The sudden cancelation of one of my dance classes found me in downtown Davis past eight o’clock on Monday night. Davis is surprisingly jumping for the beginning of the week in what should be the dead zone past graduation and before the start of the fall term in a university town. I pass gaggles of girls in high heels crossing downtown streets and have to shake my head and wonder what planet I’m from that this seems strange, when me and my sneaker clad feet are so clearly in the minority.
To me, high heels are for nothing short of a wedding or a night at the ballet, and I can picture neither of these things on Monday night in Davis.
Twilight is a strange time of day. I recently discovered that the term twilight can refer to either dawn or dusk. My whole life I didn’t know that. Likely because I’ve seen so many of the latter as to call them common place and so few of the former as to consider them more or less myth. Hardly matters if the sun is coming or going as far as the atmosphere is concerned, I guess. To me, the difference is the edge to the chill in the air and whether I’m tired, or entirely bleary-eyed and sub-conscious.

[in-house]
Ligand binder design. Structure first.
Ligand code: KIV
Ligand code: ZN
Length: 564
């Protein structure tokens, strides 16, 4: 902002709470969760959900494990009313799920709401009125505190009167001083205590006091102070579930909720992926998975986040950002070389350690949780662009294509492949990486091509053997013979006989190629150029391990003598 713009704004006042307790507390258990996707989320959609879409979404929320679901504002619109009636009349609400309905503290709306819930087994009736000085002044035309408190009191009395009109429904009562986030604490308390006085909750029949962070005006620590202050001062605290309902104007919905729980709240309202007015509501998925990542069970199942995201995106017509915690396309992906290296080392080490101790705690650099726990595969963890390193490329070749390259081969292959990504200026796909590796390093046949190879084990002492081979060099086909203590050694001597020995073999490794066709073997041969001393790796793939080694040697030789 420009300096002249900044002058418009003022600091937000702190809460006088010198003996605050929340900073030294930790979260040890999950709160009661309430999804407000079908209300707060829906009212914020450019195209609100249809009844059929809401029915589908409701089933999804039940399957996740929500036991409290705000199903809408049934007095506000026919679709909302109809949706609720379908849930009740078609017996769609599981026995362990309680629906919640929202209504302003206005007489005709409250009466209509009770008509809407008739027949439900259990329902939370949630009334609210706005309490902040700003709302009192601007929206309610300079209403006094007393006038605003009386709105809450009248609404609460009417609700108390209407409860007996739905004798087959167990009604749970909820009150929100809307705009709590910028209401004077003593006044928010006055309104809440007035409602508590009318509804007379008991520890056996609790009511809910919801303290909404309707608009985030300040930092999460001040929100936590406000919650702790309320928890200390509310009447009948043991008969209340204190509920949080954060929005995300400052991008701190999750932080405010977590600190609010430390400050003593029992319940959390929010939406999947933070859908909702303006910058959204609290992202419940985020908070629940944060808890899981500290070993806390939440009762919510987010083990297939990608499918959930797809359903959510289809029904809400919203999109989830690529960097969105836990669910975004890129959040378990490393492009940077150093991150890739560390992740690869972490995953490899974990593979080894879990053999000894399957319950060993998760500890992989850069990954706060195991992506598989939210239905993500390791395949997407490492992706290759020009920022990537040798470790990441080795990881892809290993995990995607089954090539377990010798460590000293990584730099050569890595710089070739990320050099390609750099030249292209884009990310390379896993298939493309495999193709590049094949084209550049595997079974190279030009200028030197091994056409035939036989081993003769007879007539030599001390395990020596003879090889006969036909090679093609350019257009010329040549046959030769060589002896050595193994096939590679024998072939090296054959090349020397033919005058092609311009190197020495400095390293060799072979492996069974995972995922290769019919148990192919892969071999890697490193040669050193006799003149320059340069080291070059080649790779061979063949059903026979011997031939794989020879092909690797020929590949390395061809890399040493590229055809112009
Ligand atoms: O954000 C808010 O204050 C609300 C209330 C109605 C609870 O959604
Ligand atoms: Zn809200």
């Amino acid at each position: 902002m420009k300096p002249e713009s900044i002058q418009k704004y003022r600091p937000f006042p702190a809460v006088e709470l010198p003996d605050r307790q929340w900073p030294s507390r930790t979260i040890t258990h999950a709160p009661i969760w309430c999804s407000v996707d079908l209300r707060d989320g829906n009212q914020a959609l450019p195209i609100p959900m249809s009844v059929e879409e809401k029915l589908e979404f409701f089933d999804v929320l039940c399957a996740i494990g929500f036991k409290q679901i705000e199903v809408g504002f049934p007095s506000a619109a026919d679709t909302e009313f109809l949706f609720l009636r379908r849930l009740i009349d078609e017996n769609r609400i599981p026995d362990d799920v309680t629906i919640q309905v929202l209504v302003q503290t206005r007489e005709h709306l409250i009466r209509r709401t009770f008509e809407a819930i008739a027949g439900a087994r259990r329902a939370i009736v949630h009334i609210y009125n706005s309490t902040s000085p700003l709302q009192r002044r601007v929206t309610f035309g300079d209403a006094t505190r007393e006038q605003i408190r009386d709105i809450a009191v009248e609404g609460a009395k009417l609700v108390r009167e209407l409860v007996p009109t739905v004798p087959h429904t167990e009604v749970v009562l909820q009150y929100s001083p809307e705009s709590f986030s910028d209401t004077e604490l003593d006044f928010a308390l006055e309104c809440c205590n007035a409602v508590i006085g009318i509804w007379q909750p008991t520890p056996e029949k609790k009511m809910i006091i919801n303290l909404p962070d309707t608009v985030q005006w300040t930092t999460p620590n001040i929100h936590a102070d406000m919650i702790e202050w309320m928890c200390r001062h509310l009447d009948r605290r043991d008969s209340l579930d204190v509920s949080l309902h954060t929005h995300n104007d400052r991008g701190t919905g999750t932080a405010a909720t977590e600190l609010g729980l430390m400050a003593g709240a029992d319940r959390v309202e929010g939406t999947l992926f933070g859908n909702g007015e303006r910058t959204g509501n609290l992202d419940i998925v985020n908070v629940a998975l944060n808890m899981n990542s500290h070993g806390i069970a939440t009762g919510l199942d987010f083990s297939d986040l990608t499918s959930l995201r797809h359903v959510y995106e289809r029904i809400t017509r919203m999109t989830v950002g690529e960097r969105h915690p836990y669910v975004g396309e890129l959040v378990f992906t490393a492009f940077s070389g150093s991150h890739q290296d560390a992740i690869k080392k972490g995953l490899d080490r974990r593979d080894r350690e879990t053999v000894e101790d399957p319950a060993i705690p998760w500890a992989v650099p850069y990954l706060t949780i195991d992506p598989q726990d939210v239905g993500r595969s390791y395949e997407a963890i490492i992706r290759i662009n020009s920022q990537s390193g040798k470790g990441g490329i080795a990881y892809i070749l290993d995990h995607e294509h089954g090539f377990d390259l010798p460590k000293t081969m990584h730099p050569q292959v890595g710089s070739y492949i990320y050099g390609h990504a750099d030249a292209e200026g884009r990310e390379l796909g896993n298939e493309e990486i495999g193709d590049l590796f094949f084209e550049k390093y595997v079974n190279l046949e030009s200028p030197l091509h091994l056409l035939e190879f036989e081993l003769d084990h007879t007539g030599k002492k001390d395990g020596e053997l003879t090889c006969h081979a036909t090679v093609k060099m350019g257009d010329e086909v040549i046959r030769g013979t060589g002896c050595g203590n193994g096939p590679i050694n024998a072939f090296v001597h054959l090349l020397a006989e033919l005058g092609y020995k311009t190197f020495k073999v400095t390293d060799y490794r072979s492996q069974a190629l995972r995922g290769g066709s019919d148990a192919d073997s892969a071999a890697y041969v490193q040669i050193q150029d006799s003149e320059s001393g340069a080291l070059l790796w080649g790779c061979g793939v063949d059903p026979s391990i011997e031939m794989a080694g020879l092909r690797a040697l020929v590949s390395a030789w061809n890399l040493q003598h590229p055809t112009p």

In warm, Sacramento Valley summers though, dusk is a nice time to be out and about. I still can’t figure out where these young, flirty dresses and high heels plan to be going on this still night in a quiet town. My sneakers and I are headed to the bookstore. It’s well-lit and high heel free, as is the coffee shop down the way.
The light gives over to dark so easily in the summer that I didn’t realize I was standing in it until I got to my car and absently switched on the headlights.
On my way out of town, I had to wonder if my choice of shoe and evening activity was some herald of the aging process. I flashed to several scenes in which my mother, my sister, and several well-meaning roommates held forth fancy shoes with a pleading look in their eyes.
No. I suppose it just means I’m me.